Big fire with side effects
There have been major forest fires worldwide in recent years. Which substances get into the air and how they work has only been partially researched. Atmospheric researchers are tracking down the dangers of the smoke with highly sensitive instruments and flying laboratories.
"This one looks interesting. Not too dense," says atmospheric chemist James Crawford. He has a plaster against motion sickness stuck behind his ear. He bends over a plume of smoke visible from the cockpit. It's late July 2019 and we're on a former passenger plane that NASA has converted into a laboratory. 35 scientists and engineers calibrate their instruments in the cabin. They are full of excited anticipation. Their equipment is actually designed to measure air pollutants in cities. Now they are supposed to take samples in this particle-laden environment. It remains to be seen how the 50-year-old plane will fare in a column of smoke. The plane bucks and hops as it plunges 13,000 feet into the dark cloud looming over a fire outside of Missoula, Montana. "45 seconds, then turn around," Crawford instructs the pilot. The turbulence turns out to be surprisingly weak, so they take another shot at the cloud.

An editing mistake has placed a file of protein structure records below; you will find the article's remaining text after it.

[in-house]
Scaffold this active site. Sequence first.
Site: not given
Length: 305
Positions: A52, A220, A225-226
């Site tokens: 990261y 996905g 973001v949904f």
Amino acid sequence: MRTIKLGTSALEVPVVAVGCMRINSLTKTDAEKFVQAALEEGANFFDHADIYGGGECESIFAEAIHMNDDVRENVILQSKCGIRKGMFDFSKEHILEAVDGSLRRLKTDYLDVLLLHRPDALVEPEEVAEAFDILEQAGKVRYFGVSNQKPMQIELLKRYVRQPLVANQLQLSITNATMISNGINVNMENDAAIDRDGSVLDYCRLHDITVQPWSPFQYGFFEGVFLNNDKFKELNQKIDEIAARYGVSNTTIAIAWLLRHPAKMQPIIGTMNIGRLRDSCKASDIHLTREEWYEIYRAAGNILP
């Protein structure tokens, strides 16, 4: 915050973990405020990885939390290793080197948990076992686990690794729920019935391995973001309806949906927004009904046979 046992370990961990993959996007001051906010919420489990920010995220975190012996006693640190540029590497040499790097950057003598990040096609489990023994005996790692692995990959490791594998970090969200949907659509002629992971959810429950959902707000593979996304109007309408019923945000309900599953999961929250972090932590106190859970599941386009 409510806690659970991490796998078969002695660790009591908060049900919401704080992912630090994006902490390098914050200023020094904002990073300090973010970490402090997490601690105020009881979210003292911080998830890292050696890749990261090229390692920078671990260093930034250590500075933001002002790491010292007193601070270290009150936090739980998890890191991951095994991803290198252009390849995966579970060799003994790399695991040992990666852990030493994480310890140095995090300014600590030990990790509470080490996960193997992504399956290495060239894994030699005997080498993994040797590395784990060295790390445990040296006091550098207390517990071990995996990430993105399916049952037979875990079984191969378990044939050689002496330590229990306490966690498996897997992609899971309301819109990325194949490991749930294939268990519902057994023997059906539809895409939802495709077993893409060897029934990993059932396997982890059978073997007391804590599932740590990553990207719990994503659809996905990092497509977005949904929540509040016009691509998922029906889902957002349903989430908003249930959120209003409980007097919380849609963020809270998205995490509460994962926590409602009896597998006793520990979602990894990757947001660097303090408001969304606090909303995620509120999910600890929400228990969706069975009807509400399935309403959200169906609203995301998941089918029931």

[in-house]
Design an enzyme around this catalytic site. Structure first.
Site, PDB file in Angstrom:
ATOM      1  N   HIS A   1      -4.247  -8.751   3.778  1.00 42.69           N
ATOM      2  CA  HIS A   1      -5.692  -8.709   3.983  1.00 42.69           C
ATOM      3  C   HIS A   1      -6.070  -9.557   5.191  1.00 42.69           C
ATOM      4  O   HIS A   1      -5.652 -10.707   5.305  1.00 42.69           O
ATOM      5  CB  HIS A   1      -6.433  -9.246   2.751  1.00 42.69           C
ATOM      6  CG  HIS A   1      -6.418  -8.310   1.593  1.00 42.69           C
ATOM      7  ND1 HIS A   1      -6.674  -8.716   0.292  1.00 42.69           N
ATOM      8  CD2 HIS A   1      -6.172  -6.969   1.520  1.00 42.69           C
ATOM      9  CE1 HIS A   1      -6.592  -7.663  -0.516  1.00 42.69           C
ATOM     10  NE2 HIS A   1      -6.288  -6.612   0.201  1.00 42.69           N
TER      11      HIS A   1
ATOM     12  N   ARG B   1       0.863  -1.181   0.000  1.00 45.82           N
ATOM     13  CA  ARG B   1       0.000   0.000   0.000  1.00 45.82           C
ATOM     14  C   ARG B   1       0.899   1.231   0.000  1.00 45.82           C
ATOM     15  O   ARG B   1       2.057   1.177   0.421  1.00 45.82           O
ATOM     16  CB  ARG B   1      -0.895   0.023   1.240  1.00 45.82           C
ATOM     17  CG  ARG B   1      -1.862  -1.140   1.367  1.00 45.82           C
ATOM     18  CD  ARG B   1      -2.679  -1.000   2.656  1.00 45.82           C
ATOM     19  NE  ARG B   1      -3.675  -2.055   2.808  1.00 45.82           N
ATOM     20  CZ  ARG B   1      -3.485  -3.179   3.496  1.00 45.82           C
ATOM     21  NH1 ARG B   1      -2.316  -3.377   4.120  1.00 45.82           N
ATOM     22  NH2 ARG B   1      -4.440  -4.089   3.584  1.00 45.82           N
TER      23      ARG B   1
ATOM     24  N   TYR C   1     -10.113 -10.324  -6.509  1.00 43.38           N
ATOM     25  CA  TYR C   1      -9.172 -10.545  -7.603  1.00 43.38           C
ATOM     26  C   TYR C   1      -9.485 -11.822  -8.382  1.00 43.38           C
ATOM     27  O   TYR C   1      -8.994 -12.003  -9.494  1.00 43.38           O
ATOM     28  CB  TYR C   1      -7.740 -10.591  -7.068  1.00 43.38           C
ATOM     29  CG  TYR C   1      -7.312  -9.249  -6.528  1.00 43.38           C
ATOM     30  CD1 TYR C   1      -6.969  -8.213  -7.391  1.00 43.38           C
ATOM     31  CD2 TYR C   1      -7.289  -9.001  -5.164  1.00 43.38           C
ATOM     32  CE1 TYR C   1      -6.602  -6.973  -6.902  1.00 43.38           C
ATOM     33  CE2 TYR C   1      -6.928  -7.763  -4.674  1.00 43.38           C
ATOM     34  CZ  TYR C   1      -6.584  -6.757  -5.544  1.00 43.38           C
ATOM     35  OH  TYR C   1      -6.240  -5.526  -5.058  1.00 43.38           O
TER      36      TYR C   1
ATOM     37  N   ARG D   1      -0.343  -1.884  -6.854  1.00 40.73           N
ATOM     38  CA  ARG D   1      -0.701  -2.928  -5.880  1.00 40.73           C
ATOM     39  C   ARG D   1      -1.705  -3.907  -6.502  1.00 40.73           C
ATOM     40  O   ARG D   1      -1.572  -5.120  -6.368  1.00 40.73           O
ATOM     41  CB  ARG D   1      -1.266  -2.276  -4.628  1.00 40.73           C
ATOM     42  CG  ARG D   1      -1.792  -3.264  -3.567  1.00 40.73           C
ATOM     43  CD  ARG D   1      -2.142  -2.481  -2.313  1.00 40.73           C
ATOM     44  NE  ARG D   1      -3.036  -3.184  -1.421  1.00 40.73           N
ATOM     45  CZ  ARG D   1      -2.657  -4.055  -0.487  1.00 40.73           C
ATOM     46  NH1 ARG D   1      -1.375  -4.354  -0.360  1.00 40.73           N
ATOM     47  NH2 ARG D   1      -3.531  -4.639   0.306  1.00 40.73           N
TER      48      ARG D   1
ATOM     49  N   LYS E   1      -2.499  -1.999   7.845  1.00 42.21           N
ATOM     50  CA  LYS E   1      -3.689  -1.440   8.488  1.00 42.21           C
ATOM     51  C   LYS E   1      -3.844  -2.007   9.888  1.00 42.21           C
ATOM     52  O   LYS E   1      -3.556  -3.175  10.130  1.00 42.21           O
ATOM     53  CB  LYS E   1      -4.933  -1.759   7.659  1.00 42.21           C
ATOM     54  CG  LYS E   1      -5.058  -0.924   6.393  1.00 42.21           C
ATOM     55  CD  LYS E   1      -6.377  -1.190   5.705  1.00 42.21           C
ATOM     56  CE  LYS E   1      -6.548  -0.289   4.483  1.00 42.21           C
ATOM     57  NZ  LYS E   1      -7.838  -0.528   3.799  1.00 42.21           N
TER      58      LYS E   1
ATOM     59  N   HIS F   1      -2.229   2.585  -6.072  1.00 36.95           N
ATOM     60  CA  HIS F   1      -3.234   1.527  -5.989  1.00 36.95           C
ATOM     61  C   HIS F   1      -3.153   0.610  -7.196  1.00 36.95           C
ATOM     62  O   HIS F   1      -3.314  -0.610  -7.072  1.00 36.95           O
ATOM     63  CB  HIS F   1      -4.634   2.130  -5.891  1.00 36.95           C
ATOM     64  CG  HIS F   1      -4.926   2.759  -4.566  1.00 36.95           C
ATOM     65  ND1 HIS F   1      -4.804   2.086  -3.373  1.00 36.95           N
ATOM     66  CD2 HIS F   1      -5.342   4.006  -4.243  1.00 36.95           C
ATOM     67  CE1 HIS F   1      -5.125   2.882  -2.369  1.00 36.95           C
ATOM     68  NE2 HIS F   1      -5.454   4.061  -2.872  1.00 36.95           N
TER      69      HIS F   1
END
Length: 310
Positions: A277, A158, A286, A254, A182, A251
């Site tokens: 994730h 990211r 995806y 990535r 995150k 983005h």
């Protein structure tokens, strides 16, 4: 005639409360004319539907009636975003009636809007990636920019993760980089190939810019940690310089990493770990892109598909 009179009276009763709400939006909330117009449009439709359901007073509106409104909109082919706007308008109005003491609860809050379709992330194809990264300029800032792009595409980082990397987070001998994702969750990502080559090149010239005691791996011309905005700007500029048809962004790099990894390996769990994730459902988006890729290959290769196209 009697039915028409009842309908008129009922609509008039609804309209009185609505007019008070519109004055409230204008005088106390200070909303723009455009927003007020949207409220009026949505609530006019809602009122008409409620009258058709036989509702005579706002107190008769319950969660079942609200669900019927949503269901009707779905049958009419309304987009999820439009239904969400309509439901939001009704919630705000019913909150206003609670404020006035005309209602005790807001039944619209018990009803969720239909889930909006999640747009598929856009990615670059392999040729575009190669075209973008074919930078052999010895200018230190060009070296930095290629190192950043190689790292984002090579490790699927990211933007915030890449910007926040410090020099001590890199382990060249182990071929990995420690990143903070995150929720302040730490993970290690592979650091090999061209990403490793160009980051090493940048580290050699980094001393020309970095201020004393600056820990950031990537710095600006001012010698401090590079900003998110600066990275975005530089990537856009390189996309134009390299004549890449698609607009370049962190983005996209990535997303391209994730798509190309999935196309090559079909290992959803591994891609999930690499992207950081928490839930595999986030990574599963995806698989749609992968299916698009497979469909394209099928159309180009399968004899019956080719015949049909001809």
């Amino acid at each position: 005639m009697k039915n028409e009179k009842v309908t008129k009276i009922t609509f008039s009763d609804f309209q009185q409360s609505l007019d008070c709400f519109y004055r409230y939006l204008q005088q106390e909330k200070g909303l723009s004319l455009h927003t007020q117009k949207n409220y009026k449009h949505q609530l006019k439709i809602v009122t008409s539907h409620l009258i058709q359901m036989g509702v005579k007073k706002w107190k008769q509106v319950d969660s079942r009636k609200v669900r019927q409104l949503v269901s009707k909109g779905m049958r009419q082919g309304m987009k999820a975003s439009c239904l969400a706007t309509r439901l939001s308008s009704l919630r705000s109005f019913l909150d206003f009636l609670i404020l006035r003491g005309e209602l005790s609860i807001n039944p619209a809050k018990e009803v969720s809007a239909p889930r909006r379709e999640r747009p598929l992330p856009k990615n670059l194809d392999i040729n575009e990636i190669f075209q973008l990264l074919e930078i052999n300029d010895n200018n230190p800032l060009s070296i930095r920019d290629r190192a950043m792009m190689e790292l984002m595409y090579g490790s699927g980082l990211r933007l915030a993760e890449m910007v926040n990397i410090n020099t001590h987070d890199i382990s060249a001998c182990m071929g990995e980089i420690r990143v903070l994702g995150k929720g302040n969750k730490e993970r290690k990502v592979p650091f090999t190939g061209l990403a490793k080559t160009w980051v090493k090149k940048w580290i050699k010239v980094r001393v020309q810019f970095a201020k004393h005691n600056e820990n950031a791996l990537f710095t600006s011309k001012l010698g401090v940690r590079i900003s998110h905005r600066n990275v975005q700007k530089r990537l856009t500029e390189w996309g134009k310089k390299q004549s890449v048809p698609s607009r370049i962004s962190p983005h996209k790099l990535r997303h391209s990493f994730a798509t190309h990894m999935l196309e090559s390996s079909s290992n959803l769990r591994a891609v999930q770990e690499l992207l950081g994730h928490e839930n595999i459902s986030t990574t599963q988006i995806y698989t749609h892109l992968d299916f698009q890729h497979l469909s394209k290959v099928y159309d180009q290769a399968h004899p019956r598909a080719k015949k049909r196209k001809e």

It is the third flight as part of FIREX-AQ, an ambitious three-year project led by the National Oceanic and Atmospheric Administration (NOAA) and NASA…